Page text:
Relationships and Narcolepsy: Managing Emotions
When it comes to relationships, every couple will have their issues - but when one of you has narcolepsy, this can bring up some unique challenges! As a person with narcolepsy, mental health professional, and experienced dater, I’m writing a series on the relationship issues that have come up most frequently; in my own life and in conversations with other people with narcolepsy!
Today I’ll be focusing on emotional regulation and how important it is for both partners in maintaining a healthy relationship, especially when narcolepsy is involved.
Why emotional regulation gets hard
As most people with narcolepsy will probably admit, being frequently exhausted means having more challenges when it comes to keeping a lid on your emotions. Like an overtired toddler, the sleepy brain is not at its most logical or empathetic and is liable to uncharacteristic outbursts. And guess who’s most likely to be on the receiving end of those outbursts? Your partner.
This would be fine if it was just once in a blue moon, but due to the ongoing daily nature of narcolepsy, we know that’s unlikely to be the case. A lot of the time, people with narcolepsy may not even notice we are doing it, as it often happens when we may not be fully alert, or simply not realise quite how hurtful it can be to be snapped at for no real reason on a regular basis.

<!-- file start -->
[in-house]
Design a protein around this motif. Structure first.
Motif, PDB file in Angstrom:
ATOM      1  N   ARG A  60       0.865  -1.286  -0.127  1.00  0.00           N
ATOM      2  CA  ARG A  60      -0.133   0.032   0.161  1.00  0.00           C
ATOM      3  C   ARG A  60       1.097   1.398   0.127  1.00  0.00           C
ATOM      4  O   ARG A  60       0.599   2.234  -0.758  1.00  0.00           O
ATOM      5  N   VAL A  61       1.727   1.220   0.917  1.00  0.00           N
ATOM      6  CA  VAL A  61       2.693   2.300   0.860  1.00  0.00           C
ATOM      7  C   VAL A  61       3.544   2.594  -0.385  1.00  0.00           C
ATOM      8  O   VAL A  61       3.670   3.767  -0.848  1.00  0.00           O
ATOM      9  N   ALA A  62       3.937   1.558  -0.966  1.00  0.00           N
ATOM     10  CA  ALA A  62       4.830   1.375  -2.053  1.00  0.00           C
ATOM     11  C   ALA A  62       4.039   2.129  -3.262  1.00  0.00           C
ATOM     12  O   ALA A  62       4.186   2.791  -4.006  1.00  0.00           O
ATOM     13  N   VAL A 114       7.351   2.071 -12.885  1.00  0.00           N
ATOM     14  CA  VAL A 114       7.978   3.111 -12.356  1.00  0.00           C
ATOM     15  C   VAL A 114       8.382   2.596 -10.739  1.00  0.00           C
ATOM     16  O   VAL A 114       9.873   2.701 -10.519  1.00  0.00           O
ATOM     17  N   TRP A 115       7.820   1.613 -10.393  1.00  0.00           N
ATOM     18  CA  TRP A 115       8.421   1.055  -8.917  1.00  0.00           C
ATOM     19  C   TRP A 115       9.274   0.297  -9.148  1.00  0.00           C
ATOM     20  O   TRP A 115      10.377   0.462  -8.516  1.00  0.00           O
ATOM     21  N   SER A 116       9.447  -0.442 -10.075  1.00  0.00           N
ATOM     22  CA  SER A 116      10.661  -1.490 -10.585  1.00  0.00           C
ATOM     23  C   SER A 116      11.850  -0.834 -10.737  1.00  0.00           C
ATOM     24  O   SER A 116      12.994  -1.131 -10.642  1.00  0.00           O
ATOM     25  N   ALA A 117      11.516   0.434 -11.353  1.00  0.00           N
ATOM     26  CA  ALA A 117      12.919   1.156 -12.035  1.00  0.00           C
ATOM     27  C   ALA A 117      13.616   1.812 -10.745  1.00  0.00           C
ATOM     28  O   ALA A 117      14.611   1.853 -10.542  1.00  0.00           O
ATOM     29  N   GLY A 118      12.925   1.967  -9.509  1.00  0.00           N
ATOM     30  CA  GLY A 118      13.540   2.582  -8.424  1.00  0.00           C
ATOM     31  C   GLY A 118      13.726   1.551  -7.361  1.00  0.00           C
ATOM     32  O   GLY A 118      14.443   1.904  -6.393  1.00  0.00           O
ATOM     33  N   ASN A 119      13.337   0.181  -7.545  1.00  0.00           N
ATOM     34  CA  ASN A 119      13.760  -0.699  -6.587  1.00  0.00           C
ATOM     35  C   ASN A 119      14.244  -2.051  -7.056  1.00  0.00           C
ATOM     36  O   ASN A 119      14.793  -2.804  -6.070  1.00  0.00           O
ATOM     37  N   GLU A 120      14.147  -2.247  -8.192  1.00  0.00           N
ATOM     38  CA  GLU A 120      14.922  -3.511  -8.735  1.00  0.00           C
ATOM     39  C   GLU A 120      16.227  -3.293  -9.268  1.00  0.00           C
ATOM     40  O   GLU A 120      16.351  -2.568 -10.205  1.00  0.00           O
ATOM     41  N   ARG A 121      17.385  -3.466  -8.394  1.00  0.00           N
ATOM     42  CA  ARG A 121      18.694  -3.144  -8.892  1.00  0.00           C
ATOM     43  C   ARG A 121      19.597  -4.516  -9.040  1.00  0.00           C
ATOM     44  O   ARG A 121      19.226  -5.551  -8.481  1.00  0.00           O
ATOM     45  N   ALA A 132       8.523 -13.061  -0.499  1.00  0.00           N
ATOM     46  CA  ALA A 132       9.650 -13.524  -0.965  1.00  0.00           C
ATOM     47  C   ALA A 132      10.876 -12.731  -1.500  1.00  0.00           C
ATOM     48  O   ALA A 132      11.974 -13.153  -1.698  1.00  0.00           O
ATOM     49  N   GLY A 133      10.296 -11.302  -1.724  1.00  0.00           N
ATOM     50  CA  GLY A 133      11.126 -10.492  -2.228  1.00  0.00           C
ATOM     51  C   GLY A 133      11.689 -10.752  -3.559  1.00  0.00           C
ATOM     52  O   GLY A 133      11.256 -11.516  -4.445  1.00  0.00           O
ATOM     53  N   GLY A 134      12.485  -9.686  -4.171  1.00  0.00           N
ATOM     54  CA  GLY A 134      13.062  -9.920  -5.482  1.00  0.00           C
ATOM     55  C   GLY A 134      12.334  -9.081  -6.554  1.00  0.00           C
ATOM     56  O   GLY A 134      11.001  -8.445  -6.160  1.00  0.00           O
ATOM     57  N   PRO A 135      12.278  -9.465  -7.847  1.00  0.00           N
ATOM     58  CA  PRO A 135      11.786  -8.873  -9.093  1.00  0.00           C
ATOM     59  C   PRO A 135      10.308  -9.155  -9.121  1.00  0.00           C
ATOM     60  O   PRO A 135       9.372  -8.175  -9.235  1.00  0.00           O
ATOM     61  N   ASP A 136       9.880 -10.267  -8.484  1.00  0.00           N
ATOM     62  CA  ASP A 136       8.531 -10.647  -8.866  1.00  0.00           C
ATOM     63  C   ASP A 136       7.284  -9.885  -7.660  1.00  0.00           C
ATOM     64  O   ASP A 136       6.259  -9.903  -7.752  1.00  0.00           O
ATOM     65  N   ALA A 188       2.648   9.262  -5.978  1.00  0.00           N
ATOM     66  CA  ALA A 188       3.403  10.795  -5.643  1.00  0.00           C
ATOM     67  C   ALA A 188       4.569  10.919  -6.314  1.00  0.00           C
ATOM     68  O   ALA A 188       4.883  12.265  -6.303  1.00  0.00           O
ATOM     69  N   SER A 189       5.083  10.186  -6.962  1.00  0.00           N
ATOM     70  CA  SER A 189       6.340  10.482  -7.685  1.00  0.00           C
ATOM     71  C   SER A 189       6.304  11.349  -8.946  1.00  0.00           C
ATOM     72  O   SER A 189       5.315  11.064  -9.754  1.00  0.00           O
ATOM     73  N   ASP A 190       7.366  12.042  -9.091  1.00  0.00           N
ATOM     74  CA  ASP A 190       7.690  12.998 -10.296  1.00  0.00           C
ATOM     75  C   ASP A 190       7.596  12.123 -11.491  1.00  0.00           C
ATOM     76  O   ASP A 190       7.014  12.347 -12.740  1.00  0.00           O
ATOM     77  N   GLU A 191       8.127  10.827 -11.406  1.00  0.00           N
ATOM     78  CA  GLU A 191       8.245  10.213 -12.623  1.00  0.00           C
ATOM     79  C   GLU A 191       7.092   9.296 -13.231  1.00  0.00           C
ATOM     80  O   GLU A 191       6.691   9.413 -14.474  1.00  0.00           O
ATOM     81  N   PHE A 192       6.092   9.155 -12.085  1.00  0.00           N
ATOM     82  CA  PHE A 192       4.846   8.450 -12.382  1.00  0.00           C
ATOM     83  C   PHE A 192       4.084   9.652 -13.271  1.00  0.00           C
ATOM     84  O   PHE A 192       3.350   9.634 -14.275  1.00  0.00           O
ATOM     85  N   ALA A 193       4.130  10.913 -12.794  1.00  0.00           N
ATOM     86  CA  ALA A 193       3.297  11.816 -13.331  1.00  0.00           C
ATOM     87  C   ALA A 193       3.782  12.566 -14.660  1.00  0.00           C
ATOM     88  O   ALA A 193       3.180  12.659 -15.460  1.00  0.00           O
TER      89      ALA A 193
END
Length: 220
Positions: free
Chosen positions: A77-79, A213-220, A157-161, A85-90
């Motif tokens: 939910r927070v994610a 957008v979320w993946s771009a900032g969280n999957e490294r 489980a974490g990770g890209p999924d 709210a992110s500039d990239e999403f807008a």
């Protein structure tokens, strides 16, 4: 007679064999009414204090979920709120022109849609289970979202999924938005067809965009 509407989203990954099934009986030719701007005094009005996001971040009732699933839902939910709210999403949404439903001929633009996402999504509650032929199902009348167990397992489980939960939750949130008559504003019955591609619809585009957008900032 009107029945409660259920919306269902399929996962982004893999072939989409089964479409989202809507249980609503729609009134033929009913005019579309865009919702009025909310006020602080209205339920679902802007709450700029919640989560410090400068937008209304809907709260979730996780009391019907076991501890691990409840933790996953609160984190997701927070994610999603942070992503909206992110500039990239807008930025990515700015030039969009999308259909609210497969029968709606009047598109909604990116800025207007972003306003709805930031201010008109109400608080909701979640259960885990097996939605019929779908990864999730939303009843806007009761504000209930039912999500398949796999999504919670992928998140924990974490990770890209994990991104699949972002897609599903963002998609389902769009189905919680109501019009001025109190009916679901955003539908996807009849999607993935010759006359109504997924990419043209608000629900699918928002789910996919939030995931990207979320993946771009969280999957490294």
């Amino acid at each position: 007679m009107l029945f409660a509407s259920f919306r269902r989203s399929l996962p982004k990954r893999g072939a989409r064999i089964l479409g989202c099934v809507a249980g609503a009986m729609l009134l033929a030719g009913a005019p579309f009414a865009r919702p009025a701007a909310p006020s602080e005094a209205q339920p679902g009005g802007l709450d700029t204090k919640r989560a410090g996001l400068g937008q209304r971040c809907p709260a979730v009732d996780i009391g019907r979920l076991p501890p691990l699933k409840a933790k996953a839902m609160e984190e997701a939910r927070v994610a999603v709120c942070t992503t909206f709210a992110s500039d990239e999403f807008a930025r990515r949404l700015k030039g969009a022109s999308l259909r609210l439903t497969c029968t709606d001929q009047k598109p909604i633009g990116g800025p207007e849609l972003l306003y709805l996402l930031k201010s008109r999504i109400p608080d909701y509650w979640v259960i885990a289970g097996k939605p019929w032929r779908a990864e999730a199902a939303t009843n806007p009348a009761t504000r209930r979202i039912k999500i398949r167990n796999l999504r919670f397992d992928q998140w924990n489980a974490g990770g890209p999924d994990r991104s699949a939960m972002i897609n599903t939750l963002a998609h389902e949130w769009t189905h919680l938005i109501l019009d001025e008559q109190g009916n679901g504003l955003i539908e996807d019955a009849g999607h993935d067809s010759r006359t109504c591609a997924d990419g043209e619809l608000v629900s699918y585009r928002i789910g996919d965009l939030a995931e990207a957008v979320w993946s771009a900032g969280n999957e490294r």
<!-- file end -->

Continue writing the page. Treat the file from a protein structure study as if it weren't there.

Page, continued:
Maintaining empathy and avoiding warning signs
Personally, I have at times found it hard to empathize with my partner’s perspective, because I know that my comments are only coming from my narcolepsy brain and I don’t mean them at all. However, it’s important to remember that even if they understand the reason, it can really wear down your partner over time if the person who is meant to love them most is frequently being critical or mean.
Research from the Gottman Institute (a leading researcher on relationships) suggests that there are four big, red flags for relationship breakdown, with criticism and contempt comprising two of those warning signs.
Criticism is the most common issue found in relationships, and it’s easy to see why.1 When two people come together it will never be a frictionless experience, and any partner is likely to do some things that we don’t like. However, it’s important to voice these issues in a way that invites conversation and compromise, instead of attacking your partner as a person.
Contempt has been found to be the number one predictor of divorce in married couples.2 This includes any times where we put our partner down; using sarcasm, mimicking, and name-calling to make them feel less than us.
Taking responsibility and making change
With this in mind, as the partner with narcolepsy, it’s essential that we develop strategies to manage our emotions at these times. While we never asked for these emotional regulation problems, they are still our responsibility to control.
Often this will mean simply practising greater self-awareness and knowing when to take a moment for a nap (or just to collect yourself) before engaging with another person! Personally, I always try to take a nap immediately when I get home from work, as I know that’s when I’m liable to get snappy.